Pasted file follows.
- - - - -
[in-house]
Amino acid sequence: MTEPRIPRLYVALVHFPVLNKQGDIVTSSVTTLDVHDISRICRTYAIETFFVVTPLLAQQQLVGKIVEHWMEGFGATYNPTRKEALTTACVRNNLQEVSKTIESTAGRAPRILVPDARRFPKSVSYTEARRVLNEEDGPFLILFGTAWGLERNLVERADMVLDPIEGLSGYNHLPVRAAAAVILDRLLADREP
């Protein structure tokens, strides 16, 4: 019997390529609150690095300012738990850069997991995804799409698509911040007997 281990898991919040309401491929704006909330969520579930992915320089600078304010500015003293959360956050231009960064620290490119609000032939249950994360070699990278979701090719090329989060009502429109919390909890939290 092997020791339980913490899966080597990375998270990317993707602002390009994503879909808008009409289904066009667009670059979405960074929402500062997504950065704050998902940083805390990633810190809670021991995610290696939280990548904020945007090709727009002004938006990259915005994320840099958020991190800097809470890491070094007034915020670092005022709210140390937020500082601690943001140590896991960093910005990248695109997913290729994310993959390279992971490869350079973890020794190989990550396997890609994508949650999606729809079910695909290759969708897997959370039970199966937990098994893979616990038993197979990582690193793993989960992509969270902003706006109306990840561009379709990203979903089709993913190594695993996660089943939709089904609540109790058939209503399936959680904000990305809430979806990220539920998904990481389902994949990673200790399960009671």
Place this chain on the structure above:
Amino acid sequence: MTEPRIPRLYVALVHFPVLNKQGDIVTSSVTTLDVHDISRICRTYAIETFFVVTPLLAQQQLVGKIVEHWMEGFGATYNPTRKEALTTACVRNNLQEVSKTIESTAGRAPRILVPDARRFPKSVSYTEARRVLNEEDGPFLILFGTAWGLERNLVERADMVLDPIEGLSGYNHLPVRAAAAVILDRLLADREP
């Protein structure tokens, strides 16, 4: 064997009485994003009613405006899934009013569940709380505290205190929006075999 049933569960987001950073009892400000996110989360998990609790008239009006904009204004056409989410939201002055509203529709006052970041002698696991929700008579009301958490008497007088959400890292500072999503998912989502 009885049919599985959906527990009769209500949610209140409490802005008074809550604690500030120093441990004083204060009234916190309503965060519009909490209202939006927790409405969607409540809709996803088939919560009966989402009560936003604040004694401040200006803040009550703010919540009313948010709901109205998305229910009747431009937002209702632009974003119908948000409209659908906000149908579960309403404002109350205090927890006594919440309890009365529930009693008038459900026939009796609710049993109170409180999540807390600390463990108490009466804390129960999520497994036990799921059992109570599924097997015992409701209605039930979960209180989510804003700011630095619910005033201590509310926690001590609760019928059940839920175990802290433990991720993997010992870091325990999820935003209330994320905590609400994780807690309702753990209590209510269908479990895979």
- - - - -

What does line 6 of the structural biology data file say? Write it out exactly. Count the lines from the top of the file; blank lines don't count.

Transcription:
């Protein structure tokens, strides 16, 4: 064997009485994003009613405006899934009013569940709380505290205190929006075999 049933569960987001950073009892400000996110989360998990609790008239009006904009204004056409989410939201002055509203529709006052970041002698696991929700008579009301958490008497007088959400890292500072999503998912989502 009885049919599985959906527990009769209500949610209140409490802005008074809550604690500030120093441990004083204060009234916190309503965060519009909490209202939006927790409405969607409540809709996803088939919560009966989402009560936003604040004694401040200006803040009550703010919540009313948010709901109205998305229910009747431009937002209702632009974003119908948000409209659908906000149908579960309403404002109350205090927890006594919440309890009365529930009693008038459900026939009796609710049993109170409180999540807390600390463990108490009466804390129960999520497994036990799921059992109570599924097997015992409701209605039930979960209180989510804003700011630095619910005033201590509310926690001590609760019928059940839920175990802290433990991720993997010992870091325990999820935003209330994320905590609400994780807690309702753990209590209510269908479990895979």